Hosts: Gray and paper birch are preferred, but yellow, black, European white, and river birch may also be attacked
Evidence: The most obvious sign of infestation is severe browning and distortion of foliage beginning in mid-May (a). Larval feeding causes irregular blotch mines that are translucent green at first, turning to gray and eventually brown (b,c). Mines contain black waste material (frass). Larvae are flat and light greenish-yellow with four black spots on the underside near the front. Eggs are laid singly in slits made in developing leaves. Both eggs and larvae show up as translucent spots when the leaf is held up to the light. Browning may increase as damaged leaves dry out over the growing season, or defoliation may occur.
Life Cycle: There are 3 to 4 generations per year. The insects overwinter as prepupae in soil under infested trees. The small black sawfly adults emerge in May and early June, and lay eggs in individual slits cut in the upper surface of developing leaves. Adult females require newly developing foliage for successful oviposition. Larvae eat the tissue between the upper and lower leaf surfaces, and eventually chew through the leaf surface and drop to the ground to pupate. New adults emerge and lay eggs to continue the cycle.
Management: Damage tends to be more serious on open-growing ornamental birches than on trees in forest stands. Trees weakened by birch leafminer may be more susceptible to attack by other insects and pathogens. Control of the first generation greatly reduces damage by subsequent generations. Prevention of egg-laying at budbreak may be accomplished using systemic pesticides. This insect may also be controlled by applying appropriate pesticides as the new leaves emerge.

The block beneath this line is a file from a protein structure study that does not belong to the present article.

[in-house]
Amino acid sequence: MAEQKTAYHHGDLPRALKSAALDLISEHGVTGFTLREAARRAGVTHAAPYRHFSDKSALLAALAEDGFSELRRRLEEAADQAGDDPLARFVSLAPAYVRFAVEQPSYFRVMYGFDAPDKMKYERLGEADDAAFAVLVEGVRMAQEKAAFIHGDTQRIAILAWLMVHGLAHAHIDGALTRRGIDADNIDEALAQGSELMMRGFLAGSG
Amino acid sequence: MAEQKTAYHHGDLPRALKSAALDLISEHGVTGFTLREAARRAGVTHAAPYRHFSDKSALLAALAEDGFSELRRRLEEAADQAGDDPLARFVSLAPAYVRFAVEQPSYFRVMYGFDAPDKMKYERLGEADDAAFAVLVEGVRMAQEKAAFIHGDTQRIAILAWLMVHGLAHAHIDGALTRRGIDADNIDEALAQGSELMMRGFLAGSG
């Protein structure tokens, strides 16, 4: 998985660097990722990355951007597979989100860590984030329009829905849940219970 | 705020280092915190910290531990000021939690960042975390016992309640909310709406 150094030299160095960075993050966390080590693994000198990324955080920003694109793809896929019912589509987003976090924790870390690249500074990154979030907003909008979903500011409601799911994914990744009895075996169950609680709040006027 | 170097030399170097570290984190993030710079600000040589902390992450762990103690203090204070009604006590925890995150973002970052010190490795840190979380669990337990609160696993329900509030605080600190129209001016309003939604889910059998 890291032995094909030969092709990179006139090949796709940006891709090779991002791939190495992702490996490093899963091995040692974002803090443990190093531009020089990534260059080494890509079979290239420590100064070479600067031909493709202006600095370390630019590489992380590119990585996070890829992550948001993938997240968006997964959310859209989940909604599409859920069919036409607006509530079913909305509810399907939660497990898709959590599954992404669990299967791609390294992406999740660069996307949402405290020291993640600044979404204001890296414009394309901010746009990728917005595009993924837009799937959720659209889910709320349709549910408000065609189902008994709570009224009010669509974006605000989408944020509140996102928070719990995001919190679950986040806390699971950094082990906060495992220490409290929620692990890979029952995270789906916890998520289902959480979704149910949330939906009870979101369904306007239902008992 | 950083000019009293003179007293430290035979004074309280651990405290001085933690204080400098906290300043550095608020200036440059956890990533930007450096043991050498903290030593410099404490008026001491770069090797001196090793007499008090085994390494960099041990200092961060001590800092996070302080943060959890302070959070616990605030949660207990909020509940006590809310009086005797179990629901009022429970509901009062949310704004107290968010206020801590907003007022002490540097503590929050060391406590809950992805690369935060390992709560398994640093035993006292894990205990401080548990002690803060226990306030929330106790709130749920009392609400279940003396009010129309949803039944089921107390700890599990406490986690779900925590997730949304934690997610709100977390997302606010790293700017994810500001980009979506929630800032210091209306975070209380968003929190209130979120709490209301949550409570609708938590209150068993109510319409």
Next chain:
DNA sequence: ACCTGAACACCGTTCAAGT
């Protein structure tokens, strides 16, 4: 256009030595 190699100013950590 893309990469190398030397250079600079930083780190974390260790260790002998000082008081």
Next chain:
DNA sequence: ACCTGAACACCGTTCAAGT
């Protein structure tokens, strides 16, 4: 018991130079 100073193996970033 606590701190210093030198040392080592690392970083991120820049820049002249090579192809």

Similar Species: Besides the birch skeletonizer (Bi-3), there are more than six other species of leafminer, including the birch casebearer. Each forms a unique mine and the birch casebearer forms a larval case. This, along with the presence or absence of frass in the mine and differing seasonal development, can be used to separate the species.
Figure a: Ronald S. Kelley, Vermont Department of Forests, Parks and Recreation, Morrisville, VT.
Figure b: E. Bradford Walker, Vermont Department of Forests, Parks and Recreation, Waterbury, VT.
Figure c: E. Bradford Walker, Vermont Department of Forests, Parks and Recreation, Waterbury, VT.
Drooz, A.T. 1985. Insects of Eastern Forests. USDA Forest Service Miscellaneous Publication 1426. p 399;
Johnson, W.T. and Lyon, H.H. 1991. Insects That Feed on Trees and Shrubs. 2nd edition. Cornell University Press. p 184-185;
Martineau, R. 1984. Insects Harmful to Forest Trees. Agriculture Canada Government Publishing Centre, Supply and Services, Ottawa. p 122-124;
Rose, A.H. and Lindquist, O.H. 1982. Insects of Eastern Hardwood Trees. Canadian Forest Service Publication, Forestry Technical Report 29. p 85-86.